Testimony on SB 403: AAC The Board of Pardons and Paroles, Erasure of Criminal Records for Certain Misdemeanor and Felony Offenses and Prohibiting Discrimination Based on Criminal History Record Information

Judiciary Committee

March 9, 2020

Submitted By: Stephen Wanczyk-Karp, LMSW

The National Association of Social Workers, CT Chapter representing over 2400 members supports SB 403.

Many social work clients report that the current pardon process is difficult to understand, uneven and lacking in transparency.  People report they cannot successfully complete the application without the help of a lawyer which is not financially realistic. Because of the difficult process and seemingly arbitrary denials, many returning citizens give up on the bureaucratic pardon process and continue to be barred from many job and housing options. The expungement of criminal records provided by SB 403 would open new opportunities and allow these citizens to truly rebuild their lives.

Requiring proper training of the Board of Pardons and Paroles will helped to assure that the Board members fully appreciate the challenges that persons with a criminal record face. Likewise, by requiring a written statement by the Board when an application is denied will give transparency, help the applicant to understand the decision of the Board and put such decisions into the public record. Additionally, having a deputy warden to serve as director of reentry services and establishing a reentry employment advisory board will heighten the importance of reentry and should lead increases in successful reentry.

The current system has a particularly negative impact on Blacks and Hispanics, who are incarcerated at much higher rates than other racial groups. Systemic racism already makes it more difficult for Blacks and Hispanics to find employment and housing. Add to this a criminal record for a past misdemeanor or felony, and we are re-sentencing these former inmates to a life of struggle, rather than aiding them to become productive citizens.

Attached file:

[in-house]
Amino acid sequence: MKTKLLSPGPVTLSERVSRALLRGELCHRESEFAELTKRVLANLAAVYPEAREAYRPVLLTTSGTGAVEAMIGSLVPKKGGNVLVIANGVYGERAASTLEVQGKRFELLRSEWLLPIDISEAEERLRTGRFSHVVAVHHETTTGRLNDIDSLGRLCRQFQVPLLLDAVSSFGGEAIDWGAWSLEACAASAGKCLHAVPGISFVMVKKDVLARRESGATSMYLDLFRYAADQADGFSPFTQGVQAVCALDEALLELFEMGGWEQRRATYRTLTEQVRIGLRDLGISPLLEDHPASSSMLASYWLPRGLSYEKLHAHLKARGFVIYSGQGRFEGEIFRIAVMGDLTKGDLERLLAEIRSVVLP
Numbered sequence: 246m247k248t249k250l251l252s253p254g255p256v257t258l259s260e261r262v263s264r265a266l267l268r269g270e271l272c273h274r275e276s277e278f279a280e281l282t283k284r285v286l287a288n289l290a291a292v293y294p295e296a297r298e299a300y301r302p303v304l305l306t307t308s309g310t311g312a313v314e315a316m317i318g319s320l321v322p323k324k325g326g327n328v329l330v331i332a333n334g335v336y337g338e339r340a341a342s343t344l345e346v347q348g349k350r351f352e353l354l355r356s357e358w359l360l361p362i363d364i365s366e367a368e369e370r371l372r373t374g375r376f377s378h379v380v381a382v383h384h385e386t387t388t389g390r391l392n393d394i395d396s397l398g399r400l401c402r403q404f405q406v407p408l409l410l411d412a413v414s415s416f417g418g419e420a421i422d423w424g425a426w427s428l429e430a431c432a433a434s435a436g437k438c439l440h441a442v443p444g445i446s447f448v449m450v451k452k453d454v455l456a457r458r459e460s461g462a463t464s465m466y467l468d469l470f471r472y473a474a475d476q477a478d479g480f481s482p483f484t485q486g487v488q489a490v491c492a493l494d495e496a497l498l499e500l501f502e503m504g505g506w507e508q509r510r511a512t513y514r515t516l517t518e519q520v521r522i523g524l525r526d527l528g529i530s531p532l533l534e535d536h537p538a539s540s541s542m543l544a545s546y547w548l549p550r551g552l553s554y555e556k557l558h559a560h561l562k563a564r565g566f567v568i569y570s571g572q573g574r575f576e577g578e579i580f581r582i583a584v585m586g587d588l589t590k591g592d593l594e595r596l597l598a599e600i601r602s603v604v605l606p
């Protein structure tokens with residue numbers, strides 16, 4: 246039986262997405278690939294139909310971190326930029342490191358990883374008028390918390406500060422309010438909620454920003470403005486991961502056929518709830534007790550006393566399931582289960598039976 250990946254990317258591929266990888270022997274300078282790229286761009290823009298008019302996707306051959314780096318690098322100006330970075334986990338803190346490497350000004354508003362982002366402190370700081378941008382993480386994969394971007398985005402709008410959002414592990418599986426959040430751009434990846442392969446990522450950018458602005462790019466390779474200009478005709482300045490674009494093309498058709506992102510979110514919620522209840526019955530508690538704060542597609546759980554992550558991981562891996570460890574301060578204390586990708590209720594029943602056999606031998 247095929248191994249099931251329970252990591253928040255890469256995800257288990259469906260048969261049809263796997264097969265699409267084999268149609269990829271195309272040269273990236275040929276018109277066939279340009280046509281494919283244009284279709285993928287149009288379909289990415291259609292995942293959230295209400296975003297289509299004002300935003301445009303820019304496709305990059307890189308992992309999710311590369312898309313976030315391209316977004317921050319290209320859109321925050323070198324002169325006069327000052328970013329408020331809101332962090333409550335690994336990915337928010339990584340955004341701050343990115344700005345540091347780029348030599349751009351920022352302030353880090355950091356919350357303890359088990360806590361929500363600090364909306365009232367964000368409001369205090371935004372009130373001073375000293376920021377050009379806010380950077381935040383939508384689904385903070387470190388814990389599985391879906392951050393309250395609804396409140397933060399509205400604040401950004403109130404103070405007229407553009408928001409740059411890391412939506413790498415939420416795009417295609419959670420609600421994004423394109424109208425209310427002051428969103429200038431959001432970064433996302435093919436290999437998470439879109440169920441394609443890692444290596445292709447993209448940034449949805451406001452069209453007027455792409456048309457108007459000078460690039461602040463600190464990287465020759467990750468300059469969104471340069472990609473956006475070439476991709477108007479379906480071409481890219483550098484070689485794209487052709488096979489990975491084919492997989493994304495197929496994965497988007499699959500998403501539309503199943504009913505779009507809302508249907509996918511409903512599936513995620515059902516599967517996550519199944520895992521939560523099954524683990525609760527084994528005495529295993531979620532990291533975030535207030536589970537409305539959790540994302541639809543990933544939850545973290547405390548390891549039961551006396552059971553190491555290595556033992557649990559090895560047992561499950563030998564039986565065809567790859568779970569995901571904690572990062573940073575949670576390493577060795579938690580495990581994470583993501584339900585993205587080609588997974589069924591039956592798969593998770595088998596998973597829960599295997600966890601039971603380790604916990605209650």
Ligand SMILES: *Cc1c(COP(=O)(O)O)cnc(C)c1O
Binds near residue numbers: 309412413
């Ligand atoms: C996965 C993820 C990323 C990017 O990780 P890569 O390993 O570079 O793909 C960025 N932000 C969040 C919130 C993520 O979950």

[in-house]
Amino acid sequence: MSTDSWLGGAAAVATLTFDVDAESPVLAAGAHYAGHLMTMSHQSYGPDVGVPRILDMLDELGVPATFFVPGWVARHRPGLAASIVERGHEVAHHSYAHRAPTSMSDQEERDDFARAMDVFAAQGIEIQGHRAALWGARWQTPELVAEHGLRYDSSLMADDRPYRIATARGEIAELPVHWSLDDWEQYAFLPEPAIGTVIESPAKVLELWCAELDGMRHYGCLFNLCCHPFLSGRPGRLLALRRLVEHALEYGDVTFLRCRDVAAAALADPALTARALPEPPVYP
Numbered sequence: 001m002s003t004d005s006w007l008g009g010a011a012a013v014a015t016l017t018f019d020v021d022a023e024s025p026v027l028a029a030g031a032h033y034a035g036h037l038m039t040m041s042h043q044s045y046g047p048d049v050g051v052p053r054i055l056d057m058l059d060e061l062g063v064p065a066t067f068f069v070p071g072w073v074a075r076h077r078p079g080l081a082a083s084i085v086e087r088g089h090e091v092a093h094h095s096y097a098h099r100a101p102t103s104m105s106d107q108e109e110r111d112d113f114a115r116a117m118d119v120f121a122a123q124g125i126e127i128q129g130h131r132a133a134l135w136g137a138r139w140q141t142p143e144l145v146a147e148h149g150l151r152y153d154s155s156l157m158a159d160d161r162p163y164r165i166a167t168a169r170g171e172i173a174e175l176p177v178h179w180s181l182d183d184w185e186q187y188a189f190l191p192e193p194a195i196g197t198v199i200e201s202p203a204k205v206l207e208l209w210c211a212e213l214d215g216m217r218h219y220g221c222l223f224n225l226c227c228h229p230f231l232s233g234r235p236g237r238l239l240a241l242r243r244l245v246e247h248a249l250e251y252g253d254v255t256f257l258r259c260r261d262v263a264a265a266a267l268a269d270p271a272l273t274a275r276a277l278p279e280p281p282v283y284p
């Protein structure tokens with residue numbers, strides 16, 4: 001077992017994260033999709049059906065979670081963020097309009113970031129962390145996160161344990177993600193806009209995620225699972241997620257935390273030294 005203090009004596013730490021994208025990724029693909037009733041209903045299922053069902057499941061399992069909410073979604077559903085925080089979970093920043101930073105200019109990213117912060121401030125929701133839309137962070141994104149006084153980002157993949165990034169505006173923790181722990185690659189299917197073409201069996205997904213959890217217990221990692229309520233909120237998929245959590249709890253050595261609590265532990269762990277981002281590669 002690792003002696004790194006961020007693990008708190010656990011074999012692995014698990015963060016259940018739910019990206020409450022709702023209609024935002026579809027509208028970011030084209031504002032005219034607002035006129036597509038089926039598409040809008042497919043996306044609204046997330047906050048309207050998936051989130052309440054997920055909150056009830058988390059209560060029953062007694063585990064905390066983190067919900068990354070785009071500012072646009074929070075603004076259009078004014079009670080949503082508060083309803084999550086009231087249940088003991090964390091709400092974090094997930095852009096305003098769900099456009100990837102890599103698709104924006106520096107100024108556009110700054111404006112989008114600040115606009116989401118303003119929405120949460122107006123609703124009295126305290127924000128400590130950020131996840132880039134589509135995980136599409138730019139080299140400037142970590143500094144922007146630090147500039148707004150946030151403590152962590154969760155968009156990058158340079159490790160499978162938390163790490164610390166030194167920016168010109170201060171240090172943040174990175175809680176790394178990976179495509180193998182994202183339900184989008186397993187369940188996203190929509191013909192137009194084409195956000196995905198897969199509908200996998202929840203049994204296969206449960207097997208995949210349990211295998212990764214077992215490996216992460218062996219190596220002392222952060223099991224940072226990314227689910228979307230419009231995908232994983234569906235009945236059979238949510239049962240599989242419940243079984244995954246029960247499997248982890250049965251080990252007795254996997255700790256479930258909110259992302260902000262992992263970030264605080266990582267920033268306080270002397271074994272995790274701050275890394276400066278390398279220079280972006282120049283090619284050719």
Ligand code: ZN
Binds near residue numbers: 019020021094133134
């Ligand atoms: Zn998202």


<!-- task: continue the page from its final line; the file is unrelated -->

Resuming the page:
SB 403 is a way toward giving individuals a second chance and by doing so, we will reduce the need for social service interventions and increase the opportunities for formerly incarcerated persons to successfully rebuild their lives.


  1. When leaving the prison system our Americans are leaving a system where they, more than likely, made connects. When they are thrust back into civilian life they may have little to no connections and feel alone in a world where they are no longer wanted. Even with immense efforts to create a new connection individuals are burdened by past faults when they are forced to be honest. When honesty denies you opportunities and the civilian world rejects you for your past what connections can you make. Without connection and with rejection people with a burdened history may find purpose just out of reach. Helping to sever the connections made in the prison system requires that the civilian world help create new ones. A way to do this is to give the individual leaving the corrections system a corrected starting point. A way to loosen the burden of shame and failure. A fresh start to gaining new connections that will encourage a healthy life for all within that connection. Allowing records to be cleaned in a clear, understandable, cheep and enlightening way will help fuel the first step to finding a place within American society so we Americans can grow as a nation.

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